By thedarkside ofthemoon


2013-12-09 13:36:16 8 Comments

Does Java has a default copy constructor as C++? If it has one - does it remain usable if I declare another constructor (not a copy constructor) explicitly?

7 comments

@rachana 2013-12-09 13:41:45

Like C++, Java also supports copy constructor. But, unlike C++, Java doesn’t create a default copy constructor if you don’t write your own.

Also see write a Copy Constructor using Deep copy.

@Anugoonj 2013-12-11 11:57:22

just to add java doesn't create a default copy coz there isn't much need for it in normal situations. It's only pass by reference in java.

@Andrei Nicusan 2013-12-09 13:39:23

Java does not have bulit-in copy constructors.

But you can write your own such constructors. See an example below:

class C{
    private String field;
    private int anotherField;
    private D d;

    public C(){}

    public C(C other){
        this.field = other.field;
        this.anotherField = other.anotherField;
        this.d = new D(other.d); //watch out when copying mutable objects; they should provide copy constructors, as well. Otherwise, a deep copy may not be possible
    }

    //getters and setters
}

class D{//mutable class

    //fields
    public D(D other){
        //this is a copy constructor, like the one for C class
    }
}

@Andrei Nicusan 2013-12-09 13:49:04

That's correct.

@Cruncher 2013-12-09 13:49:48

@RomanVottner To expand, this is not always simple, especially if you cannot change one of the fields that are mutable to give it a copy constructor.

@Suresh Atta 2013-12-09 13:38:40

No, it doesn't have a default copy constructor. A default constructor.

You don't have to provide any constructors for your class, but you must be careful when doing this. The compiler automatically provides a no-argument, default constructor for any class without constructors. This default constructor will call the no-argument constructor of the superclass. In this situation, the compiler will complain if the superclass doesn't have a no-argument constructor so you must verify that it does. If your class has no explicit superclass, then it has an implicit superclass of Object, which does have a no-argument constructor.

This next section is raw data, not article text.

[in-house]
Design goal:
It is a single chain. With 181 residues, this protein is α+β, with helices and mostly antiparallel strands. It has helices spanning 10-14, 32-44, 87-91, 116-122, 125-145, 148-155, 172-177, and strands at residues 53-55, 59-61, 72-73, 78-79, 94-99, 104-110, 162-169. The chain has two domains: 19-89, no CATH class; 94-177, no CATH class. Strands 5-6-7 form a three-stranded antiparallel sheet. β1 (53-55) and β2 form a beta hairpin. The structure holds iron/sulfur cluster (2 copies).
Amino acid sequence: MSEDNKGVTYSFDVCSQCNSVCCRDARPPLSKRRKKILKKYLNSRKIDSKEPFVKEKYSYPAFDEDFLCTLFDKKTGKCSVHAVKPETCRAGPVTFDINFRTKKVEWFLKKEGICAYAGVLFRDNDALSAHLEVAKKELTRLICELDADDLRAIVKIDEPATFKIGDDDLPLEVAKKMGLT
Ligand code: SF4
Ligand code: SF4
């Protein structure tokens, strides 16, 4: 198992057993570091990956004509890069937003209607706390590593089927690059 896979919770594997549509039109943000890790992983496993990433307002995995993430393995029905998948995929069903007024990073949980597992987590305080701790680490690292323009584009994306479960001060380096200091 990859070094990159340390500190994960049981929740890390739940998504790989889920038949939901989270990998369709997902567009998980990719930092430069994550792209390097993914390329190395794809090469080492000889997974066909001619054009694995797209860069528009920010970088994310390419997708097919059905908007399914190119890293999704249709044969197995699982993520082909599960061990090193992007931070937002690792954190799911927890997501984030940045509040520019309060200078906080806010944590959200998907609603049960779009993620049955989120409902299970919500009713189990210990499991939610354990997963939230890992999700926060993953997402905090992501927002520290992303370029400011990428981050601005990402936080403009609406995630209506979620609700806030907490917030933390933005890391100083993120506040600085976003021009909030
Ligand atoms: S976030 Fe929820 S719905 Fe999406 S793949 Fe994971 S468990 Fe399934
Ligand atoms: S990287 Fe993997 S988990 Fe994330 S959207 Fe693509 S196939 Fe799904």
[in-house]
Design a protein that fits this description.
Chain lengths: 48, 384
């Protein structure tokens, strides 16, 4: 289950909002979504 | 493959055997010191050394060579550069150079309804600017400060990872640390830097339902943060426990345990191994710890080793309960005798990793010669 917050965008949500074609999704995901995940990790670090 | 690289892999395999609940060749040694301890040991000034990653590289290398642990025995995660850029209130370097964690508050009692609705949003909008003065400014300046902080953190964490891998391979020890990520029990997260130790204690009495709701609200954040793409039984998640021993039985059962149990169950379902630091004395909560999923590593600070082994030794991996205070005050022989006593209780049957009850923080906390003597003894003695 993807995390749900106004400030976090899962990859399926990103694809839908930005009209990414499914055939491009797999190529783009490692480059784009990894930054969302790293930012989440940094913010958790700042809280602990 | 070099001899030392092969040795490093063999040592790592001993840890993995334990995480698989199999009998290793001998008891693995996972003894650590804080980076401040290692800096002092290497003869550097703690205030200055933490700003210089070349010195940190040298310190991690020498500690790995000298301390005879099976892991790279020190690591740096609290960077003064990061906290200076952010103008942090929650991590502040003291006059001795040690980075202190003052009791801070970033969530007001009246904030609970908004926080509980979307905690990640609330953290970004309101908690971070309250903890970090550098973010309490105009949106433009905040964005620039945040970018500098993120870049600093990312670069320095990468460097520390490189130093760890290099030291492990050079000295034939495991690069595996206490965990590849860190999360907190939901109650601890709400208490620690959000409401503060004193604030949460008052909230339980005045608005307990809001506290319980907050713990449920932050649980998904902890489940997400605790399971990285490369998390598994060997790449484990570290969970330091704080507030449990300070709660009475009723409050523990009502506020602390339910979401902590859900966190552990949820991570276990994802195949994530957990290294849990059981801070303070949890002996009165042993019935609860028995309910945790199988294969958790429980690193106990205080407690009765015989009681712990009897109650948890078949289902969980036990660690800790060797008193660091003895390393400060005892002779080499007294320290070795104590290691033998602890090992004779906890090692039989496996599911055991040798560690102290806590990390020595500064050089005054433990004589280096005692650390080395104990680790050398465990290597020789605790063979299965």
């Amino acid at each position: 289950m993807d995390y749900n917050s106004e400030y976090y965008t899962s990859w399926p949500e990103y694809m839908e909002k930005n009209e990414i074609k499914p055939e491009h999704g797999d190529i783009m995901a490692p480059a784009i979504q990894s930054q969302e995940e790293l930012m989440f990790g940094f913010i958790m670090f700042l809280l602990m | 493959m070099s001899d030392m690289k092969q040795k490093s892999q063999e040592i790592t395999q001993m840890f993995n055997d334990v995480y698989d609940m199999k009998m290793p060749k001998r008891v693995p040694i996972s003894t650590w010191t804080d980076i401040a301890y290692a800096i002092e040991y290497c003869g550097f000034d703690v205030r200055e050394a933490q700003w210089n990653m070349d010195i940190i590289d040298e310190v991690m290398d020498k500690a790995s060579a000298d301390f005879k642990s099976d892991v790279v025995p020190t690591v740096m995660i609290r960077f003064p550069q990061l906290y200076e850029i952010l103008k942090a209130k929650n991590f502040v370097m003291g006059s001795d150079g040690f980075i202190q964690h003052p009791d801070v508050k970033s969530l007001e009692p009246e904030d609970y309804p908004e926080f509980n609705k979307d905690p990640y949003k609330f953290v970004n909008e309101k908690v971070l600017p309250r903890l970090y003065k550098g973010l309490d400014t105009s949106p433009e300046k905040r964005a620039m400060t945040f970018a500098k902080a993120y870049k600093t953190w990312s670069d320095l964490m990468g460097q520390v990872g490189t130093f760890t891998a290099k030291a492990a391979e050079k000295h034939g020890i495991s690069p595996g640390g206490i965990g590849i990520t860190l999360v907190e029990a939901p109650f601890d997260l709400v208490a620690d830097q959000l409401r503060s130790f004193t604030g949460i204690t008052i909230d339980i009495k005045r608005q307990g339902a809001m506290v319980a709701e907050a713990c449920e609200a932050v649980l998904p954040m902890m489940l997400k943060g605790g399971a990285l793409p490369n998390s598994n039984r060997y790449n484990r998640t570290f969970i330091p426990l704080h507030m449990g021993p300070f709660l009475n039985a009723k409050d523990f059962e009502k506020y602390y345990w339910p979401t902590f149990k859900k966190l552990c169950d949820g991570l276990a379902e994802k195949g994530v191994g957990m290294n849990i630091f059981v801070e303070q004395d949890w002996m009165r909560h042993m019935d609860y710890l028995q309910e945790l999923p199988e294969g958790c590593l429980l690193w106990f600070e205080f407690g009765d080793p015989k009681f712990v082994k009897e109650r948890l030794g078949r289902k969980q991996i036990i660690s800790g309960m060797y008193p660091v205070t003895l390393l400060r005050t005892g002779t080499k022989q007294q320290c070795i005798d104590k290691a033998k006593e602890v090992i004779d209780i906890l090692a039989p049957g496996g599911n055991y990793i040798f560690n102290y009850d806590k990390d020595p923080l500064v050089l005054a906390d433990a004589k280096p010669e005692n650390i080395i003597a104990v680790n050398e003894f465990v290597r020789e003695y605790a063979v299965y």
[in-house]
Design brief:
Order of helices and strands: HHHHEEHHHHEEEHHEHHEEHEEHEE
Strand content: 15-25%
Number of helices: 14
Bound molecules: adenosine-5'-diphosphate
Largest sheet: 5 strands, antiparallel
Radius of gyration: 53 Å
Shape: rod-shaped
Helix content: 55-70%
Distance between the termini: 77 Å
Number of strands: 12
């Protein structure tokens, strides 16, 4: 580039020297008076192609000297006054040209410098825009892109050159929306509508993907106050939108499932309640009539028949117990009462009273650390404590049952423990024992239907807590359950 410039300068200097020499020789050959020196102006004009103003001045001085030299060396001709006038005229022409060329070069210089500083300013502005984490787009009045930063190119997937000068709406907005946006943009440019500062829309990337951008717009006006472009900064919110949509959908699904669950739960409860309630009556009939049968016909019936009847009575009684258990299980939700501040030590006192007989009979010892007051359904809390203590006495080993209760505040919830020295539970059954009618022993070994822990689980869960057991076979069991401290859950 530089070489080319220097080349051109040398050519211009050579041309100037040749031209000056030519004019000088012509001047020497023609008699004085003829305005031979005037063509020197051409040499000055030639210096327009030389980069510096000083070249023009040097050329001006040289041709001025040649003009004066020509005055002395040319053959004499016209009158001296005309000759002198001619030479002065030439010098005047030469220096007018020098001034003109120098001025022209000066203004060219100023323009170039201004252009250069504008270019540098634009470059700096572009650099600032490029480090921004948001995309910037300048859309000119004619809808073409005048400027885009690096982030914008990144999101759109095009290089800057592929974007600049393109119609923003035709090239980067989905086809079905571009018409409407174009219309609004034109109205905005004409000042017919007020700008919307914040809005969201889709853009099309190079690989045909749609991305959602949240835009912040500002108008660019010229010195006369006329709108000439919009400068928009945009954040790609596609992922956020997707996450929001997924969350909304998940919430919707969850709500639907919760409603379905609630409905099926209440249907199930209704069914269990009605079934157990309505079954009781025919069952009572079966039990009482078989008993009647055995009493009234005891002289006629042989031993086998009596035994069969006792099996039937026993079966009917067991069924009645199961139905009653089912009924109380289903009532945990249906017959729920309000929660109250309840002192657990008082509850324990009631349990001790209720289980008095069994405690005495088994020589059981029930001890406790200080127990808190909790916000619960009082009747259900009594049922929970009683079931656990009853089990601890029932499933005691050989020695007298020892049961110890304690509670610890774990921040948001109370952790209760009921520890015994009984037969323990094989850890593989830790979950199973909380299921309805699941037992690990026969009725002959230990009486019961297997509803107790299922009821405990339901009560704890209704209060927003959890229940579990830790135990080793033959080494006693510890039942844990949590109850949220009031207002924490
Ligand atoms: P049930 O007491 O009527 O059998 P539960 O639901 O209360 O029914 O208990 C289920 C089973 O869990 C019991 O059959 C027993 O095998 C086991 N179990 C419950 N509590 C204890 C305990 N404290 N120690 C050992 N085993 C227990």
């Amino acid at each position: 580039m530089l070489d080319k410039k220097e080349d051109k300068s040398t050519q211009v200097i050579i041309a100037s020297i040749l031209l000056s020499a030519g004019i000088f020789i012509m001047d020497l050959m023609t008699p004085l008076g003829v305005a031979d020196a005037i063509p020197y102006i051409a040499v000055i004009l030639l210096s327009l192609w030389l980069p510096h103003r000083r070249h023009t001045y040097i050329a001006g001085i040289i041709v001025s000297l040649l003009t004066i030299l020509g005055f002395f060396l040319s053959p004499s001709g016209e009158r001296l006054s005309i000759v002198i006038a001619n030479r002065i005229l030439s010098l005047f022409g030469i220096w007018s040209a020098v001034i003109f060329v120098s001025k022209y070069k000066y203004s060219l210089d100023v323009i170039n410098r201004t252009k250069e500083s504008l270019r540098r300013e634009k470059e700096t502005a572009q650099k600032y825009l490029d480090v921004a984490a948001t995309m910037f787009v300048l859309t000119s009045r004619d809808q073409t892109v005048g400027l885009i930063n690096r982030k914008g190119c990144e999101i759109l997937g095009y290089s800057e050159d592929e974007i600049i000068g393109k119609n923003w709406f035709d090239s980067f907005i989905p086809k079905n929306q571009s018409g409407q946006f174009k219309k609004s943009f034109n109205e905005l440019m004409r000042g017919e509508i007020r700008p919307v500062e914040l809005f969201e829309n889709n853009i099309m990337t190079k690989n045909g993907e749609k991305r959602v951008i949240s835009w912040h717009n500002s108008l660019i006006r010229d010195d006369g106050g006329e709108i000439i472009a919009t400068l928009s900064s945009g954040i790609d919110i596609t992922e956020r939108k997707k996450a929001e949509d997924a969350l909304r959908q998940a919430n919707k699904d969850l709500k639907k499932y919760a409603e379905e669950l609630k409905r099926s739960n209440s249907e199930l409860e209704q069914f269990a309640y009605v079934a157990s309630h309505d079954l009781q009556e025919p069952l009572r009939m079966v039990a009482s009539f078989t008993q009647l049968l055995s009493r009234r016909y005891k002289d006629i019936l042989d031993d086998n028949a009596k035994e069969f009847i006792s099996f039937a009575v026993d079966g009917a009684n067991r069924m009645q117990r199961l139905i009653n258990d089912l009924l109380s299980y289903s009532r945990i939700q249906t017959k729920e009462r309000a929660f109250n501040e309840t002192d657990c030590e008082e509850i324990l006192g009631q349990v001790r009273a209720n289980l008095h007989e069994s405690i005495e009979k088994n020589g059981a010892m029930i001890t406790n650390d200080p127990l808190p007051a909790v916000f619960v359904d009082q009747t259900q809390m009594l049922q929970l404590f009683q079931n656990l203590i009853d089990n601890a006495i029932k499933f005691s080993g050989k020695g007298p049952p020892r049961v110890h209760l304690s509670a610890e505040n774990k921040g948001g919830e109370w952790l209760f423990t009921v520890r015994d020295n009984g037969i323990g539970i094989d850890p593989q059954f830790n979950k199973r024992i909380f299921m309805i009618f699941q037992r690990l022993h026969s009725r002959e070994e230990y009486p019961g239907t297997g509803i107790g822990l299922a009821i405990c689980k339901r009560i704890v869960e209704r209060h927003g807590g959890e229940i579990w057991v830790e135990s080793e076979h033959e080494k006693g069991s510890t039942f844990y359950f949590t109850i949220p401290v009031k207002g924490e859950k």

Usually I provide a one like,

public class CopyConEx {

      /**
      * Regular constructor.
      */
      public CopyConEx(type  field1, type field2) {
        this.field1 = field1;
        this.field2 = field2;
      }

      /**
      * Copy constructor.
      */
      public CopyConEx(CopyConEx aCopyConEx) {
        this(aCopyConEx.getField1(), aCopyConEx.getField2());   

      }

@Maroun 2013-12-09 13:39:06

There is a copy constructor (But not default one), but it should be called explicitly (In C++ it'll be implicitly called when needed):

public MyClass(MyClass toCopy) { 
   someField = toCopy.someField; 
}

@dcsohl 2013-12-09 13:40:38

That's not default. You have to define it yourself.

@Maroun 2013-12-09 13:41:10

That's what I meant..

@Bathsheba 2013-12-09 13:45:32

In Java the provision of an automatic copy constructor would be pointless.

Java doesn't need one since you can only have references to objects. (In C++ you can pass objects round by value so the grammar needs to allow for an automatic object copy).

If you need to take deep copies of object in Java, then implement Cloneable.

@A Paul 2013-12-09 13:41:23

Java support cloning but not using copy constructor. Please find below url on Java cloning.

http://adtmag.com/articles/2000/01/18/effective-javaeffective-cloning.aspx

@dcsohl 2013-12-09 13:43:18

If you read any of the other answers, you'll find that of course Java supports copy constructors. They're just not there by default, any more than clone() is supported by default (you have to implement Cloneable and define clone() yourself). (And your article is nearly 14 years old... not sure I'd still trust something written in the days of Java 1.2.)

@Simeon Visser 2013-12-09 13:38:14

Java does not have a default copy constructor. You'll need to define it yourself.

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